"We are still testing the Indian variant, but the Indian variant has mutations that we have already tested for and which our vaccine works against, so I am confident," said BioNTech chief executive Ugur Sahin.
US President Joe Biden said Tuesday the US would soon send vaccine shipments to India, after he spoke with Indian Prime Minister Narendra Modi.
The US president did not indicate when the vaccines would be shipped to India.
The White House had previously announced Monday that the US would share 60 million doses of AstraZeneca vaccine with the rest of the world.
The UK expressed sorrow over the rising death toll in India on Wednesday, with Prince Charles saying he was "deeply saddened" by the "tragic images."
He also urged the public to support charity efforts to buy oxygen and equipment for India.
The push for more aid came a day after crates of ventilators and oxygen concentrators from the UK arrived in New Delhi on Tuesday, in the first shipment of Western aid to have reached India.
"We need really to stand with India now and try to help as much as we can," WHO spokesman Jasarevic said, adding: "We have not seen [a case explosion] in any other country on this scale."
Omid Nouripour, a German member of parliament and the deputy head of the German-Indian Parliamentary Friendship Group, said Germany must express solidarity with India.
"It's our duty to help our friends and India is our friend," Nouripour told DW. At the same time, he said "it's highly important the Indian government also ensures that superspreader events just stop."
The Modi administration's response to the pandemic has been controversial.
In March 2020, Modi announced a strict three-week nationwide lockdown, giving the country's 1.3 billion people just four hours notice before they would be confined to their homes.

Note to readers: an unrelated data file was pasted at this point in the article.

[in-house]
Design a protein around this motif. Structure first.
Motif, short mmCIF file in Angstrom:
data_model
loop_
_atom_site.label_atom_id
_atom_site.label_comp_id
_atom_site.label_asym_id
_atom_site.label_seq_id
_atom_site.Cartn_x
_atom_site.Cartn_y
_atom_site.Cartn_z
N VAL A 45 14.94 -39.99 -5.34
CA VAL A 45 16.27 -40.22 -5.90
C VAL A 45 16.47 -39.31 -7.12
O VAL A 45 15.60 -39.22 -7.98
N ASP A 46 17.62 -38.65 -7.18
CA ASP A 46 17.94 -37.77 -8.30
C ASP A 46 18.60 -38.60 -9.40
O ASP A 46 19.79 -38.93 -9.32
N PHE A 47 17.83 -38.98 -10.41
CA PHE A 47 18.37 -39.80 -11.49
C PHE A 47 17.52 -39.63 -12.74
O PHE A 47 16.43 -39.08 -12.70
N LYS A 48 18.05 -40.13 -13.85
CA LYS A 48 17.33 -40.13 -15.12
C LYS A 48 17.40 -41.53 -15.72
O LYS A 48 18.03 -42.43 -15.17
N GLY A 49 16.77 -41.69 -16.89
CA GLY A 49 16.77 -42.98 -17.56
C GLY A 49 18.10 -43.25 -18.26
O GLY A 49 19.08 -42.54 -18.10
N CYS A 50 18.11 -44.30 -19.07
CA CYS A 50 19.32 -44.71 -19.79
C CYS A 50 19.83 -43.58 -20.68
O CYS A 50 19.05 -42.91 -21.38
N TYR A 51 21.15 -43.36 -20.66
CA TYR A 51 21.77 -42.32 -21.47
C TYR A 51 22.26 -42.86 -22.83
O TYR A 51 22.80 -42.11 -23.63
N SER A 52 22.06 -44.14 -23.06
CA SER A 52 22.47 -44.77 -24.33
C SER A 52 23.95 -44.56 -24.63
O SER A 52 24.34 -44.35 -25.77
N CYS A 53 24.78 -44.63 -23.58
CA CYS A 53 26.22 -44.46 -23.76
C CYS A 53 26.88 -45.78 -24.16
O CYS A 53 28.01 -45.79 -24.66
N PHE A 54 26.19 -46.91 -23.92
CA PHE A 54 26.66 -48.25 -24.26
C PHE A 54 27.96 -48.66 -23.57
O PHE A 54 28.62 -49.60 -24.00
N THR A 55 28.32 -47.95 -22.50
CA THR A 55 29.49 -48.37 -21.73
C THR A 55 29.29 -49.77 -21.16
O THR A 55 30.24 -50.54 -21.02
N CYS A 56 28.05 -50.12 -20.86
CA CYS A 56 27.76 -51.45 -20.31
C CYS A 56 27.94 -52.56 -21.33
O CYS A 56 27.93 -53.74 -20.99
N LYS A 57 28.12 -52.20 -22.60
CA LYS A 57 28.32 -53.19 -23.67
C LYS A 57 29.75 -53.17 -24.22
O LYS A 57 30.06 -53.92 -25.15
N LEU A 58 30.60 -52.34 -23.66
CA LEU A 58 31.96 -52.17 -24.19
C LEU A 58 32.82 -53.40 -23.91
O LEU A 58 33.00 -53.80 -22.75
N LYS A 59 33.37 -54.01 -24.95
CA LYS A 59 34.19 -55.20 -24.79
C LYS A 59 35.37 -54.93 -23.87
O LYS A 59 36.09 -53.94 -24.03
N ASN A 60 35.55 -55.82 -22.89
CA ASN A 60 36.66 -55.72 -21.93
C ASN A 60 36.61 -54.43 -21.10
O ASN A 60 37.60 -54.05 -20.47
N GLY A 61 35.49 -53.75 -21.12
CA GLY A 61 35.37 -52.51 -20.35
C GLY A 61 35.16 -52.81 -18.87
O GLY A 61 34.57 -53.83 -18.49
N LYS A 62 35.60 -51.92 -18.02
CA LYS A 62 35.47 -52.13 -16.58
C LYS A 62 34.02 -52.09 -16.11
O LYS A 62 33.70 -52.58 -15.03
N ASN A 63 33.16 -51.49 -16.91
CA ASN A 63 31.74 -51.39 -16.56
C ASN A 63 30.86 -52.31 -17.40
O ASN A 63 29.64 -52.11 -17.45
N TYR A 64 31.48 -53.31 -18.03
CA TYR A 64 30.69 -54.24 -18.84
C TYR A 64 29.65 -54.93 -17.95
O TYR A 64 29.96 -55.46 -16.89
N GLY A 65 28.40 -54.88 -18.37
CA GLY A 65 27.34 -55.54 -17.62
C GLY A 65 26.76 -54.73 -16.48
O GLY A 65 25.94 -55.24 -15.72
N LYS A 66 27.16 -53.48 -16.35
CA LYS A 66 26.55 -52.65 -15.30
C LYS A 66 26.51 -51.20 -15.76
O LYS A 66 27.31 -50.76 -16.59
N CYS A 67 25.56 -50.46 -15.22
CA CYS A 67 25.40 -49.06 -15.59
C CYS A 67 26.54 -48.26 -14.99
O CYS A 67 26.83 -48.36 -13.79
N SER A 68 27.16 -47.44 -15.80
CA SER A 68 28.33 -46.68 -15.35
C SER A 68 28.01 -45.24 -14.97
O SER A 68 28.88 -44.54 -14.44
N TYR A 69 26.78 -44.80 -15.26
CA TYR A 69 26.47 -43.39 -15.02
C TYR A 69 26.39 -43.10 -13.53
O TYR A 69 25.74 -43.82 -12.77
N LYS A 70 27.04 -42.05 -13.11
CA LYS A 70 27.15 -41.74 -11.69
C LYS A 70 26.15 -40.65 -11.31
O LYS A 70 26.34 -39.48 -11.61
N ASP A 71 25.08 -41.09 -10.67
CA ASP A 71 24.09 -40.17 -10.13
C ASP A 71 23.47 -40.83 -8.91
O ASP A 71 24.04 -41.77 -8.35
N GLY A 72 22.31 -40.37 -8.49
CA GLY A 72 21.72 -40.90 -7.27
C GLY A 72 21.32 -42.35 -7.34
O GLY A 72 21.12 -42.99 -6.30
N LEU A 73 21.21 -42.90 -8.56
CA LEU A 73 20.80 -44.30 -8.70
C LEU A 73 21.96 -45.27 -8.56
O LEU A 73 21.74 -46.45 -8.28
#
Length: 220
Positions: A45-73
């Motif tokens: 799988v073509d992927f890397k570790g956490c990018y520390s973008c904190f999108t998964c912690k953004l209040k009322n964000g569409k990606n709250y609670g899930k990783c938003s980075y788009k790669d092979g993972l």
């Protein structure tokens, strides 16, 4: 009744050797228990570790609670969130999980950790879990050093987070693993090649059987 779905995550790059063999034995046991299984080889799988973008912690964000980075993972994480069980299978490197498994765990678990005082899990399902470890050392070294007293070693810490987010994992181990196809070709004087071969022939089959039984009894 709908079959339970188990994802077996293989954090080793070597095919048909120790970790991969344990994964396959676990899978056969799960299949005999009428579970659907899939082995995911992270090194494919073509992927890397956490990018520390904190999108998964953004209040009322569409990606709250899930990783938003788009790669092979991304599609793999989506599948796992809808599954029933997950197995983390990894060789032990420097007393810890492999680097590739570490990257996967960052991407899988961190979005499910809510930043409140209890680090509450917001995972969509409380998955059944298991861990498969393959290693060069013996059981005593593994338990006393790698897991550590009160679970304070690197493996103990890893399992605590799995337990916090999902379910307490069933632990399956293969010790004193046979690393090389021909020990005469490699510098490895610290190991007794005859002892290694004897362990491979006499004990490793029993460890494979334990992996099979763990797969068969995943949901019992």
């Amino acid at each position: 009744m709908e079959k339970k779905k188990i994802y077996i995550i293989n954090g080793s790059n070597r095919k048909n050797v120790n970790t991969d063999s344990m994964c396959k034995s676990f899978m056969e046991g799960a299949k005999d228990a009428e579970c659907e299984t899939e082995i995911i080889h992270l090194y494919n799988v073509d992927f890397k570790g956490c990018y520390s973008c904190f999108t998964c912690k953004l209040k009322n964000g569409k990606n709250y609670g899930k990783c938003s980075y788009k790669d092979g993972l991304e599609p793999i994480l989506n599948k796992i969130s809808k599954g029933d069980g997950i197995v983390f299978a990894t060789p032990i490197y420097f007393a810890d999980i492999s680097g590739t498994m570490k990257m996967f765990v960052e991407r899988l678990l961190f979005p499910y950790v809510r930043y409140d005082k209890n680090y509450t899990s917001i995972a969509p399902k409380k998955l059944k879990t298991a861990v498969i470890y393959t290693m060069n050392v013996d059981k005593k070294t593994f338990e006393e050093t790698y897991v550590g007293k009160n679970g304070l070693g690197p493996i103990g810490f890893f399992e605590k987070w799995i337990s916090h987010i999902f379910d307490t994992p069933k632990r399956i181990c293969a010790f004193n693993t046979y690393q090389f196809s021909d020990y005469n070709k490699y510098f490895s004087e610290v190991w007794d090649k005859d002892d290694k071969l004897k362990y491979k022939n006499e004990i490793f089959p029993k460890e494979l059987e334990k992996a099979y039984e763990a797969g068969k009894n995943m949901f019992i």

Modi's government has come under fire for India's slow pace of vaccine rollout and lack of vital supplies. He has also been accused of downplaying the pandemic and censoring social media posts criticizing his government's handling of the crisis.
Vineeta Bal, a leading virologist from India's Institute of Immunology blamed "complacency" from political and religious leaders for the current crisis.
The belief India had "conquered the infection" allowed religious gatherings and political rallies in states holding elections to go ahead, she told DW.
"All of this gave a common message that it does not matter whether you keep distance between the people or if you don't wear masks," she said.
Indian Prime Minister Narendra Modi receives a dose of COVID-19 vaccine in New Delhi. Modi's response to the pandemic has drawn widespread criticism.
Nitin Sinha, a senior research fellow at the Center for Modern Oriental Studies in Berlin, told DW the Indian government could be covering up the true extent of the country's coronavirus crisis.
"Some estimates suggest [the death toll is] at least five or ten times than what is being reported," Sinha said. She said the government may be suppressing information, which could be causing the death toll to be underreported.
"Very recently, the chief minister of Uttar Pradesh, he actually said that those who are found spreading fake news of rumors will be rounded up under the National Security Act and their property will be seized," Sinha explained. She said "local reporters might feel threatened" by such actions by the government.
rs, wd/sri (Reuters, AFP, AP)